JINDOU: Yeah, absolutely. I think it’s really, really important to stay close to your customers at every stage of the business. I don’t think there’s ever a time when you want to stop. Well, as you start growing larger, then you might have people that do it for you but someone in the company has to be close to their customers. For us we split into a customer team and a product team. Everyone in our customer team talks to the customers, whether it’s from sales, marketing and support, customer success standpoint, everyone talks to the customers.

Even myself, because I’m focused more on the product side at the moment, but chatting with them, looking at their signals, the metrics, just making the feedback loop as easy as possible and transparent.

DAVID: Oh, I was going to say, I’m trying to sort of see if it’s a definitive thing here. I kind of feel as though “Steve Blank, get out of the building” type thing is a bit of B2B companies, as opposed to “Eric Ries, measure it right, learn”. Do you think there is one or the other, or you think it’s really a strong mix of both?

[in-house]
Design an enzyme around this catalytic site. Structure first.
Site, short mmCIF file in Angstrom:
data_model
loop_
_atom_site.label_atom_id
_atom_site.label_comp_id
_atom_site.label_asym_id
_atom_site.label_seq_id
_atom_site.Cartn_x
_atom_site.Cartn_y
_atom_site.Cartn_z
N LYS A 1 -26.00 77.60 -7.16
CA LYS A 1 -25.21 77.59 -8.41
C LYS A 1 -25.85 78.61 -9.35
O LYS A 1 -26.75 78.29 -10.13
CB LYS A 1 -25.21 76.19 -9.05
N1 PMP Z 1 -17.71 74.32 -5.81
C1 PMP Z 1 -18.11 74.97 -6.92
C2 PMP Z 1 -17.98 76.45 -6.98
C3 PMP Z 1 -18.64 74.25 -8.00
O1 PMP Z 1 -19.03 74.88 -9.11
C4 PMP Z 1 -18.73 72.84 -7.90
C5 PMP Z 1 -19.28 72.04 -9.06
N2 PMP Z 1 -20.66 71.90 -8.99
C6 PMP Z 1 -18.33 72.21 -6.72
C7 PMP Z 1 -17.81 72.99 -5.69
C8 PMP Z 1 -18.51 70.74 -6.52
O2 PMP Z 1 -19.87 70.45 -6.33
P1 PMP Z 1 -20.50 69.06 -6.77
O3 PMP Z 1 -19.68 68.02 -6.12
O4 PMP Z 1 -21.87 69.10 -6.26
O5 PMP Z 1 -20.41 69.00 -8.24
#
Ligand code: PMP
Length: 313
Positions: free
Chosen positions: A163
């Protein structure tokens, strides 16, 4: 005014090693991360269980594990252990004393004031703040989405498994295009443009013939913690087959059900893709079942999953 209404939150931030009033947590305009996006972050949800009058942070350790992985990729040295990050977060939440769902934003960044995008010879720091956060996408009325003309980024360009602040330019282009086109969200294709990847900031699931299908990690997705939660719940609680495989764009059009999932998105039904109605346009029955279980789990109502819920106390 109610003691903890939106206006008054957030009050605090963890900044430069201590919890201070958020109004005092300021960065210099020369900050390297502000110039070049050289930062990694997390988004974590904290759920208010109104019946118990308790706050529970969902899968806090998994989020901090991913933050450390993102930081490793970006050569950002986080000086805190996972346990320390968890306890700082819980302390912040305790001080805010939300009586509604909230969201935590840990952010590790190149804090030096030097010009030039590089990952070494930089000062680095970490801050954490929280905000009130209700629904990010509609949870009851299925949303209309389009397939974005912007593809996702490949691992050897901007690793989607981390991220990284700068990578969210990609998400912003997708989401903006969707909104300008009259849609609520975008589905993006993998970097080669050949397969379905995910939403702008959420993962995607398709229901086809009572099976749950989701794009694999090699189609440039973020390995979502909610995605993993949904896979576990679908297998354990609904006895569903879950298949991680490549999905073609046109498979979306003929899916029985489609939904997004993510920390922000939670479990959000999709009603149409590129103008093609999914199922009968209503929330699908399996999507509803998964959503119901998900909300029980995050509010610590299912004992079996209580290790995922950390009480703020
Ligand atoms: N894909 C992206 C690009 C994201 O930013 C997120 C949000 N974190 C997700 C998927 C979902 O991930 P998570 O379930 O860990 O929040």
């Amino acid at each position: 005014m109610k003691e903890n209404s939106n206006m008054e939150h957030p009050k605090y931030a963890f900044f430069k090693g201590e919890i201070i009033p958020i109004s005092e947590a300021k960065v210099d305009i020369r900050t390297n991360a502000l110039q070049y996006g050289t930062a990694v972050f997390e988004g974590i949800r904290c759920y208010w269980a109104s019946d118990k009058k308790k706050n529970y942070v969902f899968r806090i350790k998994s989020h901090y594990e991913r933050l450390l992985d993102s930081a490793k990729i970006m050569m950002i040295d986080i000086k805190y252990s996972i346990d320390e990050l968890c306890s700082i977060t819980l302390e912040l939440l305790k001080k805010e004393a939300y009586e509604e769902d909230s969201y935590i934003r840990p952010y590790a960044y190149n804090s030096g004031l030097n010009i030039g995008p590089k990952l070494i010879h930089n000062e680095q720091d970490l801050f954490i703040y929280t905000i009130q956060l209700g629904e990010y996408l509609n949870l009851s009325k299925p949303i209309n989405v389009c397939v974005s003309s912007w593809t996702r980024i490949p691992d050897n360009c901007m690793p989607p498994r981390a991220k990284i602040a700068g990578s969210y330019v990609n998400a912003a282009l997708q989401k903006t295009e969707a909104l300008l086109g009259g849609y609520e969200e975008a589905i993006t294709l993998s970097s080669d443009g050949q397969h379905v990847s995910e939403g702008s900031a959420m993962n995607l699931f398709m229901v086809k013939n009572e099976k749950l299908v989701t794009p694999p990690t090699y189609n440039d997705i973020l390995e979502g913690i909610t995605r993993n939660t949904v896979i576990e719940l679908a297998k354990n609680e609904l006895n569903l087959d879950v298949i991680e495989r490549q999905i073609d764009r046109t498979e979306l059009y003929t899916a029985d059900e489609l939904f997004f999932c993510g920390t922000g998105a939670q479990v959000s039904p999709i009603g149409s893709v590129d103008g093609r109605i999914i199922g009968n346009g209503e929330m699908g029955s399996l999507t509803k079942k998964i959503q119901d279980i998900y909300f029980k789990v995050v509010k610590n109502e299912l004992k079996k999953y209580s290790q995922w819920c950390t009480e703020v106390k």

JINDOU: To me, I think it’s both. I think it’s having Steve Blank and Eric Ries in the same room, sitting down, and the ideal would be both of them working for you at the same time.

DAVID: Right.

JINDOU: Because some things you can get from data, I guess you make the data even sort of, you know, deduce a lot of things, like “This is what’s happening from that.” But there’s a lot of things that are emotional, so like working that product is like an emotional journey for any end user. There are some things which are emotional – like there’s logic about the decision buying around a product. Does it meet my business needs? Does it help save X amount of time” – “Yeah that’s great”. But there’s that emotional connection, which I think is a really touchy, feely [I feel], but if you look at the best consumer apps, they do it really well. They have the best user experience. You know, it gives people this great feeling of “Oh, my god, I love this app”, right?

DAVID: Yeah.

JINDOU: So that sort of stuff, it’s really hard to use that as a quantifier. I think, okay, the people, you’ll see when their eyes light up, but it’s something that’s not the nonverbal cues or in their tone, they go, “Oh, I finished one of my projects and, oh, my god, I got the results, the data back within 30 seconds and my boss is really excited.” You just picture on that and they go, “Hmm, interesting. How did you get that data easier for these people?”

So to your question, I think it’s a win process to have both men at the same time, or to use both sides.